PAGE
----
100 Miles to a Better Retirement

"100 miles is not far."
--Karl Meltzer

With all due respect to ultrarunning great Karl Meltzer, the idea of running 100 miles not only seems far to most people; it seems downright impossible. After this past weekend, however, I can say from firsthand experience that running 100 miles is, in fact, quite possible. No, I didn't run a 100-mile race (yet!), but I did have the opportunity to pace a friend through 22 miles of the brutally tough Wasatch Front 100 race in the mountains of Utah.

As we Fools look ahead to Worldwide Invest Better Day on Sept. 25, I couldn't help but notice how successfully finishing a 100-mile race holds some valuable retirement-investing lessons. Sure, most people have no interest in running a 100-mile race, but nearly all of us have our eye on retirement someday, and getting there requires some of the same planning, persistence, and mental toughness.

Lesson 1: Focus on what's in front of you
In a 100-mile race, thinking about mile 100 when you're just starting mile one can be seriously discouraging. Not only is it likely to psych you out, but can lead you to ignore the things you need to be doing in the moment, e.g., staying hydrated, eating, and putting one foot in front of the other.

Saving for a retirement that could be decades in the future and requires millions of dollars can be an overwhelming endeavor. While it's important to have the big picture in mind and know how much you'd like to have saved when it comes time to retire, it's at least as important to focus on what you need to be doing today. That means attending to thinks like:

  • Making sure you're saving enough.

  • Watching fees on mutual funds and keeping trading costs under control.

  • Setting aside enough time for research if you plan to invest in individual stocks.

  • Knowing your risk tolerance and ensuring your portfolio reflects that.

Lesson 2: No Hail Marys
Completing a 100-mile course is not an exercise in wild optimism and making extreme, lung-busting efforts that you can't sustain. In fact, that's a great way to burn yourself out and end up a pile of broken-down muscles that needs to be scraped off the trail. Steady efforts are where it's at for the majority of ultradistance runners.

Likewise, investing is not Vegas. If you're saving for retirement, there's no excuse for finding a high-risk stock, treating your nest egg like a roulette bet, and putting it all on red. While those kinds of bets do occasionally pay off, the potential for a major hit to your portfolio could cripple your retirement hopes. Accepting that saving for retirement takes a long-term effort allows you to focus on investments that may not be flashy but will more reliably help you fulfill your retirement plans.

Lesson 3: Less whining, more addressing the problem
At the Wasatch Front 100, the winner finished in 19 hours and 33 minutes. That's the better part of a full day, and a lot can happen in that amount of time. Among seasoned ultrarunners, the question is when, not if, a problem -- stomach issues, blisters, a twisted ankle, etc. -- will crop up during the race. Overcoming that problem and finishing the race means quickly finding a solution to those problems, rather than complaining about them.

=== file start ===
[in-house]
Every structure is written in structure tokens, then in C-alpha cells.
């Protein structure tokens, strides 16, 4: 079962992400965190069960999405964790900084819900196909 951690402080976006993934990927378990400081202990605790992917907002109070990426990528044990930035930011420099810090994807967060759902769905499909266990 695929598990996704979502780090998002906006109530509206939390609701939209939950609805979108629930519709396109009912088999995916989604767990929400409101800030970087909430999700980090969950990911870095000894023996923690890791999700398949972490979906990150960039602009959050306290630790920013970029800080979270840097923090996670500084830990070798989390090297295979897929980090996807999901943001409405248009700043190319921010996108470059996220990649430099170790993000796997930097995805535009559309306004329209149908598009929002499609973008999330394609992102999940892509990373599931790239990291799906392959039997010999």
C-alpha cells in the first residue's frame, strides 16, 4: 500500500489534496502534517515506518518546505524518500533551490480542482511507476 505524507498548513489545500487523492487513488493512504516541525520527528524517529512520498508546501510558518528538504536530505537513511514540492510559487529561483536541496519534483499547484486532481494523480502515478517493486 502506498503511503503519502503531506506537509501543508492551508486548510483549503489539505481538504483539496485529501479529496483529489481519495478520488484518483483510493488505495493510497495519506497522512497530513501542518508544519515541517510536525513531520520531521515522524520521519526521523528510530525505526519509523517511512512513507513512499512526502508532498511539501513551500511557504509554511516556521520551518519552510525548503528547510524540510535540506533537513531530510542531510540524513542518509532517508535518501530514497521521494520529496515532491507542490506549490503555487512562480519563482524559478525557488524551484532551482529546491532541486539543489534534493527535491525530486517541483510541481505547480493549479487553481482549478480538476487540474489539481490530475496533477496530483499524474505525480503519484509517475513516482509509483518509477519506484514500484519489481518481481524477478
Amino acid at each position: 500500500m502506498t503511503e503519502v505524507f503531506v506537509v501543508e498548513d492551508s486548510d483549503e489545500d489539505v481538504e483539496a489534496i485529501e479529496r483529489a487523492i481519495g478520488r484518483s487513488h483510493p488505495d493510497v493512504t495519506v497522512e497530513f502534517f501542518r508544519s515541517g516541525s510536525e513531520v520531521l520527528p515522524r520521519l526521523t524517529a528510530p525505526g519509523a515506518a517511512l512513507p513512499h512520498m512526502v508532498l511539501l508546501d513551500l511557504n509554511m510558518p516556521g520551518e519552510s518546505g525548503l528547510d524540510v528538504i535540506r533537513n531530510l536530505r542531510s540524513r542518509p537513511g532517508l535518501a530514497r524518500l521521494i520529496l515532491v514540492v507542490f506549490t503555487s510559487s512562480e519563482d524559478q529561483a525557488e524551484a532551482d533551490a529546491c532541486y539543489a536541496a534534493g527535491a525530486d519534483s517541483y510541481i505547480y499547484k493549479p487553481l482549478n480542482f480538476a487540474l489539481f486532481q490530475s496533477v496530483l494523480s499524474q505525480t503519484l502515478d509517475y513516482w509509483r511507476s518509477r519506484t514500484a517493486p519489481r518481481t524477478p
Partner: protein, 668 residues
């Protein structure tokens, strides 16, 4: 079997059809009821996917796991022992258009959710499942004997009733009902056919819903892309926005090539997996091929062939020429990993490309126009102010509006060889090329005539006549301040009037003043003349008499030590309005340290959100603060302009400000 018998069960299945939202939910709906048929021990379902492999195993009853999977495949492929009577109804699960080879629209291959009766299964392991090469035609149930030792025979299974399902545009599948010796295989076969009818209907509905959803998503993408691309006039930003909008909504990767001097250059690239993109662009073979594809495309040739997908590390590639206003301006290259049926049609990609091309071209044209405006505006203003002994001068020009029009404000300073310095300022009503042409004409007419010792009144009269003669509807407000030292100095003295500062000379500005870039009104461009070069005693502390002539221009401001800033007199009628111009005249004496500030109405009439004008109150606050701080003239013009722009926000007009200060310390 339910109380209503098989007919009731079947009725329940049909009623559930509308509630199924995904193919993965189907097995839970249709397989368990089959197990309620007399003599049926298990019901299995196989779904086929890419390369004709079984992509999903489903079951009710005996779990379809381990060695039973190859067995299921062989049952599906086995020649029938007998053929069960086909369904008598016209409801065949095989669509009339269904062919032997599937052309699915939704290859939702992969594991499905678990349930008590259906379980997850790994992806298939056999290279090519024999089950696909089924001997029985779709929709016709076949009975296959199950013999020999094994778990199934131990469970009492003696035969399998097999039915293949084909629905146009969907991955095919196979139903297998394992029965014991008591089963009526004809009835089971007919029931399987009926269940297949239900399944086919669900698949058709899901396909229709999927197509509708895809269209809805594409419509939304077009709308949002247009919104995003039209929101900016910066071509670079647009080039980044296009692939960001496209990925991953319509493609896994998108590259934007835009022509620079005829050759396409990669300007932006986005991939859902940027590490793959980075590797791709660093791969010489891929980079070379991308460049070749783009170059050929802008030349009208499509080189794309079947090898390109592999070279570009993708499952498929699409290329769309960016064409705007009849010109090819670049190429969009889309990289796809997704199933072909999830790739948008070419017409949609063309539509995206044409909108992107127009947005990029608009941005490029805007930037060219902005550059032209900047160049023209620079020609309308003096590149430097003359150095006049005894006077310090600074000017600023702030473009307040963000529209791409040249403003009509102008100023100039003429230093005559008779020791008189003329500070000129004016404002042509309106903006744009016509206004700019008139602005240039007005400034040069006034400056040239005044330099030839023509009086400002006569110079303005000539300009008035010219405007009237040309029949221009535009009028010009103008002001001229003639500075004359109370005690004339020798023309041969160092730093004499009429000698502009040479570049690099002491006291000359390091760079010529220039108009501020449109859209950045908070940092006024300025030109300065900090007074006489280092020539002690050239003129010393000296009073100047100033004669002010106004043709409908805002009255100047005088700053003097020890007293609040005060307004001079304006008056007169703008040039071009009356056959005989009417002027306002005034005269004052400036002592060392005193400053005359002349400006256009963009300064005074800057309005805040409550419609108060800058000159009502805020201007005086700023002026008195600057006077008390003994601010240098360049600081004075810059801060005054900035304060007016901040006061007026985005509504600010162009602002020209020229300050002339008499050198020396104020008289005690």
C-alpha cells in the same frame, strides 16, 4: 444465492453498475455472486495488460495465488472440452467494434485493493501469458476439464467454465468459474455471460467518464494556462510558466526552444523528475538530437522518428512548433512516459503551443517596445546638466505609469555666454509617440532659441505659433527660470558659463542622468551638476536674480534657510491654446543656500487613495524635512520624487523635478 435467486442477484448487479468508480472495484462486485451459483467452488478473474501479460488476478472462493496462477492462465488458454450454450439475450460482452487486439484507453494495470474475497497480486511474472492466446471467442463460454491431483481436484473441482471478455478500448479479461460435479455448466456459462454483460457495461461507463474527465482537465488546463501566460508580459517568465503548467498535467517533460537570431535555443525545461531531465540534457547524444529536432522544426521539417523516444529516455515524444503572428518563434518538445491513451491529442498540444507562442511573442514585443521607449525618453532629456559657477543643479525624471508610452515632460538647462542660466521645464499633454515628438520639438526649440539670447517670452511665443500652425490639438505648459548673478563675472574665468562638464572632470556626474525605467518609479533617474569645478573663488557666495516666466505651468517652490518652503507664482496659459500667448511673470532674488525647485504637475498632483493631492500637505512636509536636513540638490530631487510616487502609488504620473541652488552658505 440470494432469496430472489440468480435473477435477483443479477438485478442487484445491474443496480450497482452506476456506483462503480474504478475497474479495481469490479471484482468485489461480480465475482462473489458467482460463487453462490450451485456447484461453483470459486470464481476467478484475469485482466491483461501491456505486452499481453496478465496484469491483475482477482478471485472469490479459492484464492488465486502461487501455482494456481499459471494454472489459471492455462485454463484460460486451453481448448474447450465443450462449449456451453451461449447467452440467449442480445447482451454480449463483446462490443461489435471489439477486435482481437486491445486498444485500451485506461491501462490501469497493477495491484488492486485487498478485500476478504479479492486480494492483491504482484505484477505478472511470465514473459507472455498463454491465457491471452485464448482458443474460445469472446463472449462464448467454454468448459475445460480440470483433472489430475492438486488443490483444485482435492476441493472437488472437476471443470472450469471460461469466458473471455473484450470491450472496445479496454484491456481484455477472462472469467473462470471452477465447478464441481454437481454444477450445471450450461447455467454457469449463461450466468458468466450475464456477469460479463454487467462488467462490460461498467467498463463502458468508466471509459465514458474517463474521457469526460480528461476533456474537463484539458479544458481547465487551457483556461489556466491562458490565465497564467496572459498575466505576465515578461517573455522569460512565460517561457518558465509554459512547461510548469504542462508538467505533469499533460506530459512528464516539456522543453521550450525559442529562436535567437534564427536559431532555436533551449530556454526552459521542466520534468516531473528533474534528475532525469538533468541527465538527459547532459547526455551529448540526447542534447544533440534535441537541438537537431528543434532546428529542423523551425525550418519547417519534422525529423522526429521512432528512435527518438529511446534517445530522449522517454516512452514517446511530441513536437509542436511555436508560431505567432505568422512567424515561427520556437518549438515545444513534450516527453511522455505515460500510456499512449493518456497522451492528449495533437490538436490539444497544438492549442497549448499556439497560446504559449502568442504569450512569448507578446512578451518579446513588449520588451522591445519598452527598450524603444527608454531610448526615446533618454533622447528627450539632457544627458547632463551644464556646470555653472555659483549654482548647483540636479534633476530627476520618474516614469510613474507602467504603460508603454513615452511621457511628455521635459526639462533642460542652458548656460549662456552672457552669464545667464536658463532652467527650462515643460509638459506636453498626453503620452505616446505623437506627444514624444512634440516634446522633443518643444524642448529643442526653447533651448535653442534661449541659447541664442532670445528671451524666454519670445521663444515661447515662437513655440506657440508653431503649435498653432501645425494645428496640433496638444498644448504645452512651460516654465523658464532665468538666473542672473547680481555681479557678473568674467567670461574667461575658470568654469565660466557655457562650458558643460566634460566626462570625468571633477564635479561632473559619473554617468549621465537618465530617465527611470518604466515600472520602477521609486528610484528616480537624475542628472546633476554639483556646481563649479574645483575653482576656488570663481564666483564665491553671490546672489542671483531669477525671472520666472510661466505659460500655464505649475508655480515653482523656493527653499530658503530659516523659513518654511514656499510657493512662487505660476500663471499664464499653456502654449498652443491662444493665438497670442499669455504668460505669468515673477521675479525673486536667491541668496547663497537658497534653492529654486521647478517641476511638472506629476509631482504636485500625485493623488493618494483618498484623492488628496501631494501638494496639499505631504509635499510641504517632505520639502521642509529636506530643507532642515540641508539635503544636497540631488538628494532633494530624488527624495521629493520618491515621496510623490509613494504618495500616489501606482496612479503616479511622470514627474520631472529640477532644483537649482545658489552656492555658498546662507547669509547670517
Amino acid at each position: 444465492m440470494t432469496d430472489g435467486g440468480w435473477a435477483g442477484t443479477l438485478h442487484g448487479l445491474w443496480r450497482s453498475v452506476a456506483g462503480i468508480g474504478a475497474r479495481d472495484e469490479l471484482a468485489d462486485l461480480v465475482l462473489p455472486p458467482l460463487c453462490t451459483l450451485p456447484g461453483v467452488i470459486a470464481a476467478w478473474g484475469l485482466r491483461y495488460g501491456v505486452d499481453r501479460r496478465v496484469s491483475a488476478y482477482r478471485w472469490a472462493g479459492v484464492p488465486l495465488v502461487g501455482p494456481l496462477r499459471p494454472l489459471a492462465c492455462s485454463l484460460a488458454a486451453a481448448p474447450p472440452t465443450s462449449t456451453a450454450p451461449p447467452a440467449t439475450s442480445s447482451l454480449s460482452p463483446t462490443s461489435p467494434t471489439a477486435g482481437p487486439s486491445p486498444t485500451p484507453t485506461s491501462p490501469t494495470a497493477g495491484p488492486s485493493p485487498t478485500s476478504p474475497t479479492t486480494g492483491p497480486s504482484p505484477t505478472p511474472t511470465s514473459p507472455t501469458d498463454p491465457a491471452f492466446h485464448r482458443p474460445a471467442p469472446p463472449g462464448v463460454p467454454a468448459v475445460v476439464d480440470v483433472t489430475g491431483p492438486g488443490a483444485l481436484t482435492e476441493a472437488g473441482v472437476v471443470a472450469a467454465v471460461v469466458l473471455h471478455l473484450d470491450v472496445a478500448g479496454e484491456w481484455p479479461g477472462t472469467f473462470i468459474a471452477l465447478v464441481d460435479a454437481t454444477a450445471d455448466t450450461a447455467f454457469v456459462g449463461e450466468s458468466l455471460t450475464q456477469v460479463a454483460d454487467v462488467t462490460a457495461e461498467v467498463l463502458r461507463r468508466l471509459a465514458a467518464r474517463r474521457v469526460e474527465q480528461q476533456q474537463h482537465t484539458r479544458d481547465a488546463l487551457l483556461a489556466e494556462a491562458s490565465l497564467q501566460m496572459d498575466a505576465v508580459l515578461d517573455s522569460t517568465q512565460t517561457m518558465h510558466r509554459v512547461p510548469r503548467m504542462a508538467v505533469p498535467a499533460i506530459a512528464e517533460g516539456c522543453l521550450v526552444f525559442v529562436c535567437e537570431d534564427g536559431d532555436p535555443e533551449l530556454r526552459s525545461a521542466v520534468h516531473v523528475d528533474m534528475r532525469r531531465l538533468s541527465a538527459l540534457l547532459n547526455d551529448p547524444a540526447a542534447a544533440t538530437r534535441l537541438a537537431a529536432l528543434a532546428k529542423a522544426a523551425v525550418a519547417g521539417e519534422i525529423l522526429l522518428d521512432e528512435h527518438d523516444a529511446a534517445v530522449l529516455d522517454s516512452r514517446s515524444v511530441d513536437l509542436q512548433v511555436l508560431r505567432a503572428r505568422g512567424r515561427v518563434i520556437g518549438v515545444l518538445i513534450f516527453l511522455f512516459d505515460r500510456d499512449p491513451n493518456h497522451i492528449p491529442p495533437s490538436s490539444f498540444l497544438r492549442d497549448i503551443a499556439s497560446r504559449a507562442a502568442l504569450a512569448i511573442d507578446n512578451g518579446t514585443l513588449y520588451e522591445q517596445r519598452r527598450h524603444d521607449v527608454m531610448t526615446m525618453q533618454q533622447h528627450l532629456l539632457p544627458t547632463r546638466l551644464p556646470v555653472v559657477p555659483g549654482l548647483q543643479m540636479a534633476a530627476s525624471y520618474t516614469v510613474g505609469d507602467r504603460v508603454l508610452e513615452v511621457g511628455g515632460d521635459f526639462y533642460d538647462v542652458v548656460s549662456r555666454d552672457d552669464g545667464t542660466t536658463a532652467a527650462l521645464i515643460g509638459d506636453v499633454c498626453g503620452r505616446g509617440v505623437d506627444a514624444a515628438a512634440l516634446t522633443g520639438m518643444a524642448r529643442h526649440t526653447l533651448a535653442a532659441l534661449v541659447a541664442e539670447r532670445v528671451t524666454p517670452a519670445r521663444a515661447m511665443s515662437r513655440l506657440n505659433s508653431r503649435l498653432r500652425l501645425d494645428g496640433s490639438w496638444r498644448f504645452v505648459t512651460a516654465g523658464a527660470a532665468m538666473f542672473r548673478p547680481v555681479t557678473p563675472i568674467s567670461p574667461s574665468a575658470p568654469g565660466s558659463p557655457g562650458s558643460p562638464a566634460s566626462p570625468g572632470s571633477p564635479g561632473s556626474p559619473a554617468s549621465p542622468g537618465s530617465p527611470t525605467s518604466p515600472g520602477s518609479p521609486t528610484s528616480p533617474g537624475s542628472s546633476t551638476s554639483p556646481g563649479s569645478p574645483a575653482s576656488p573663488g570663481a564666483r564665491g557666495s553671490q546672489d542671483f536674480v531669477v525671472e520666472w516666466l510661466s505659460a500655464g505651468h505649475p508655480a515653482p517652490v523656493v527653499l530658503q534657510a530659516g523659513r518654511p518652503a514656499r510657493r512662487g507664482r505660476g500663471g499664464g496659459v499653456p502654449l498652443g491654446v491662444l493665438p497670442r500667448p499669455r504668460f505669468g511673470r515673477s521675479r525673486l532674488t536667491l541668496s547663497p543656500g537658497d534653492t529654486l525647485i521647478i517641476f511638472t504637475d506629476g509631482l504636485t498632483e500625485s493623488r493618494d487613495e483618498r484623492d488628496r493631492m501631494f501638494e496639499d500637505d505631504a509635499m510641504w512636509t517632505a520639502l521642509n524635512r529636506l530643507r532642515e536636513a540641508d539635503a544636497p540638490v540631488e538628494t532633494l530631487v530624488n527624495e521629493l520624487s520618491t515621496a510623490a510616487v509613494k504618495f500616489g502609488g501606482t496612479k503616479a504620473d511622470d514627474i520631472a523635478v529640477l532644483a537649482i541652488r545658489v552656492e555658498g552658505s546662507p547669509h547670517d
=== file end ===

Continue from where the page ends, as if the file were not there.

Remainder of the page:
We're all going to make our share of mistakes while investing. There will also be times when we do things right, or when something unexpected happens that affects our investment thesis -- like the BP (NYS: BP) oil spill that tarnished the brand and led to billions in costs, or the retirement of Apple's (NAS: AAPL) Steve Jobs, which removed a true visionary from the top of the company. At other times, the entire market just craters -- as we saw when the Dow Jones Industrial Average (INDEX: ^DJI) plunged 47% between the beginning of 2007 and the crash's nadir in March of 2009.

Whether the stumble was your own fault or not, dwelling on the lost wealth in your portfolio won't help you get back on track. When trouble strikes:

  • Get yourself in a sober mindset. In times of crisis, investors all too often panic and do exactly the wrong thing, like getting out of stocks completely in March of 2009.

  • Step back and assess the situation.

  • Make any changes -- increase your savings rate, tweak your asset allocation, etc. -- that are necessary.

Lesson 4: Don't be afraid to ask for help
One thing that's obvious about a 100-mile race is that few, if any, runners do it on their own. Many runners at Wasatch had pacers that kept them company and watched over them for 50 miles of the race. Some runners had crew teams that met them at various checkpoints to provide gear, food, and encouragement. Every runner benefited from the awesome volunteers that manned aid stations every five to 10 miles along the course.

Online articles like this one may not have all the answers or be able to give you the specific formula for your retirement portfolio, but learning as much as possible from as many sources as possible can help make you a better and more knowledgeable investor. Investors looking for more specific stock-oriented advice can turn to newsletters and other stock-picking services. Finally, investors with more investable assets, complex financial situations, or a desire for more guidance can get that from a carefully chosen investment advisor investment advisor.

Of course, if you're dedicated to learning more about becoming a better investor, you're absolutely in the right place: The Motley Fool is delivering gobs of great content as we prepare for Invest Better Day later this month. To learn more, just click the bar below.

The article 100 Miles to a Better Retirement originally appeared on Fool.com.

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